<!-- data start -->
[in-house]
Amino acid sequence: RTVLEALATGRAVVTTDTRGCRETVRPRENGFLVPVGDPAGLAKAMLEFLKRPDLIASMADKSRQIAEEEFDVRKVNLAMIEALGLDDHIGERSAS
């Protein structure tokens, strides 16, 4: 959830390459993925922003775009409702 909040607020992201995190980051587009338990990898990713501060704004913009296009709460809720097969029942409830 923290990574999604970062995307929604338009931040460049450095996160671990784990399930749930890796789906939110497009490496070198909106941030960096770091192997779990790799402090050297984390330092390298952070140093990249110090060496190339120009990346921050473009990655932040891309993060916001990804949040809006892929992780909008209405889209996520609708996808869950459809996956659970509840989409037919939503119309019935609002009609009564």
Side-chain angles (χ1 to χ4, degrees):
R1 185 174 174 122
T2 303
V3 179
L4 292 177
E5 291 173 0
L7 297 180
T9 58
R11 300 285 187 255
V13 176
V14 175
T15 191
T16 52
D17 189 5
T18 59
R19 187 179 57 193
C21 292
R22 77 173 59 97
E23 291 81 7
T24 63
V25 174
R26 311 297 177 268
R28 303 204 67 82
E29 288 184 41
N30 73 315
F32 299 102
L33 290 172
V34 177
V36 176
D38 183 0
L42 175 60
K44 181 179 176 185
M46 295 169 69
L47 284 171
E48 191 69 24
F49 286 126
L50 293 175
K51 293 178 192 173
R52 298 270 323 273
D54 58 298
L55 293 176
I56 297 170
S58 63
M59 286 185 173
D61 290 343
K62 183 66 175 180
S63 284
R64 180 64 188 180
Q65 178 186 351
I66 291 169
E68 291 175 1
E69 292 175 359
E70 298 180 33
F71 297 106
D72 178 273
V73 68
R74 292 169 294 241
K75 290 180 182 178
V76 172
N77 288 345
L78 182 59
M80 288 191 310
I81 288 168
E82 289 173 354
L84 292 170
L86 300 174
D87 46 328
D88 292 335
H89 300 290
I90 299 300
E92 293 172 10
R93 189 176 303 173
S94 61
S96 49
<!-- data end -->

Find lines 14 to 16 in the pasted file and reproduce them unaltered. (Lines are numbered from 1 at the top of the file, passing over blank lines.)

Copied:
V14 175
T15 191
T16 52